Pot legalization plan on agenda for Trudeau's meeting with premiers next week

While the prime minister and the premiers will focus largely on economic issues when they sit down next week, the Prime Minister's Office confirmed Thursday they will also discuss the federal government's marijuana legislation.

Many provincial leaders worried about being ready in time for the Liberals' deadline to legalize cannabis

Prime Minister Justin Trudeau, right, will hear from some premiers about his government's plan to legalize marijuana when he meets with the premiers at next week's first ministers meeting. (Reuters)

While the prime minister and the premiers will focus largely on economic issues when they sit down next week, the Prime Minister's Office confirmed Thursday that legalizing cannabis will also be discussed.

Sources tell CBC News a number of provinces were already planning on raising the issue during the final afternoon session of Tuesday's first ministers meeting.

But the PMO said while the schedule is still being finalized, marijuana legalization has been added to the afternoon discussion following roundtables on job creation, tax reform and an update on NAFTA talks.

Many provinces are nervous about the federal government's timeline of legalizing pot by next July.

One province told CBC News while all the provinces want implementation of the plan to be successful, they have many questions about how the prime minister plans to help them do that.

Manitoba Premier Brian Pallister wants the federal government to do more to get the message out on the dangers of driving while under the influence of pot.

"The federal government needs to educate and do its part to educate young drivers in particular, [about] the dangers of driving stoned. That's a life-and-death issue," Pallister told reporters Thursday.

For instance, one province wants a pan-Canadian age for legal consumption, rather than the federal law setting a minimum age of 18 and some provinces setting it higher. Ontario, for instance, plans to make marijuana legal for those 19 and older.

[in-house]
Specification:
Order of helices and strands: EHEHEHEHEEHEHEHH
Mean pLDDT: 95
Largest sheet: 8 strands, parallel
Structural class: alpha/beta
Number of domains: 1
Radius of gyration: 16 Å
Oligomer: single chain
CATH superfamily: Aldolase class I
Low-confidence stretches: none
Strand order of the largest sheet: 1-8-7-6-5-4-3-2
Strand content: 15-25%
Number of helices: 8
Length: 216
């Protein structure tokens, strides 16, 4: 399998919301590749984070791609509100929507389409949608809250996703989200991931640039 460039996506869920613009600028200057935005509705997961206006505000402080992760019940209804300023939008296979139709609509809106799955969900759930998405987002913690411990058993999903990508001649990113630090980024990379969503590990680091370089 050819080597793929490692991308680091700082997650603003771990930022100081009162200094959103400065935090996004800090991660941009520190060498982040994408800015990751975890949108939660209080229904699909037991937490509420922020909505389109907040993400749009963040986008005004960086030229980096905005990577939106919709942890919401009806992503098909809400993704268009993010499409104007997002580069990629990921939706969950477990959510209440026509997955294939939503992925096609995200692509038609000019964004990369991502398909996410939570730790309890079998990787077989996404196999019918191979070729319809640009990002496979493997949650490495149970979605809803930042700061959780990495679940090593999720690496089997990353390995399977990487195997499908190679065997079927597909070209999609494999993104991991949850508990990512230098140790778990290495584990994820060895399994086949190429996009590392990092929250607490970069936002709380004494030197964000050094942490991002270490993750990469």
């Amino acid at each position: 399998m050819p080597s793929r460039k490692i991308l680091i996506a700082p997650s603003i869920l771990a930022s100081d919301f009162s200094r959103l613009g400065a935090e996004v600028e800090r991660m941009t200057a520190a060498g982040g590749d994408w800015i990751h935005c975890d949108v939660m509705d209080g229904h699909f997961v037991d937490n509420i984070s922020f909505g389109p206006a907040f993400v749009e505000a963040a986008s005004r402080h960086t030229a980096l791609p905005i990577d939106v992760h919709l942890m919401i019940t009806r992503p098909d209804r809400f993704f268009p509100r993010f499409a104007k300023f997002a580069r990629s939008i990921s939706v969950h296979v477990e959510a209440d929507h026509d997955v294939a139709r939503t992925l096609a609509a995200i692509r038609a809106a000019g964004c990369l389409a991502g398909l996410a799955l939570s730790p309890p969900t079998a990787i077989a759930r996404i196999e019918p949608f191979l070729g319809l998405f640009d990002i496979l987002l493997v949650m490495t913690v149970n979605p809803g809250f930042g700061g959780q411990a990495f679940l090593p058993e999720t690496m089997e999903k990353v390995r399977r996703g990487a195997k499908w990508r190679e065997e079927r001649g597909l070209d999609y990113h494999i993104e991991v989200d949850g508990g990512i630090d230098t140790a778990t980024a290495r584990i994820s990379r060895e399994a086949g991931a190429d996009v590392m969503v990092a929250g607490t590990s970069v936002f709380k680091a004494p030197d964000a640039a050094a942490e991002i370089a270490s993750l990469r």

When the premiers met in Edmonton this summer, they put together a working group to look at a number of concerns, including road safety and enforcement mechanisms.

Police training and taxation

Since then, police agencies across the country have requested the federal government give them more time to get ready, both with using roadside testing equipment and to train their officers.

When he testified before the parliamentary health committee earlier this month, the deputy commissioner of the Ontario Provincial Police told MPs his force won't be ready by next summer.

"If legislation is ready to go July 1, 2018, policing will not be ready to go Aug. 1," Rick Barnum said, "It's impossible."

One province is suggesting the federal government pay for police training as well as provide the money to hire additional officers for enforcement.

When questioned about financial help for the provinces, Public Safety Minister Ralph Goodale pointed to $274 million over the next five years recently announced by his government to help with police training and fight the involvement of organized crime.

Public Minister Ralph Goodale says the Liberal government is providing funding for provinces to beef up enforcement and training for the legalization of marijuana. (CBC)

Another area of concern is taxation.

One province wants to know how the federal government plans to divvy up tax revenue from the sale of pot, saying right now Ottawa controls the tax levers and there's no agreement yet on how the provinces will get their share.

The premiers' working group will report back by Nov. 1.

After that, they will decide if they too will ask for a formal extension to Ottawa's deadline — though many acknowledge the federal government is determined to stick to its timeline despite the concerns.


Susan Lunn has been covering politics in Ottawa since 2002. She has a special interest in health and the environment.


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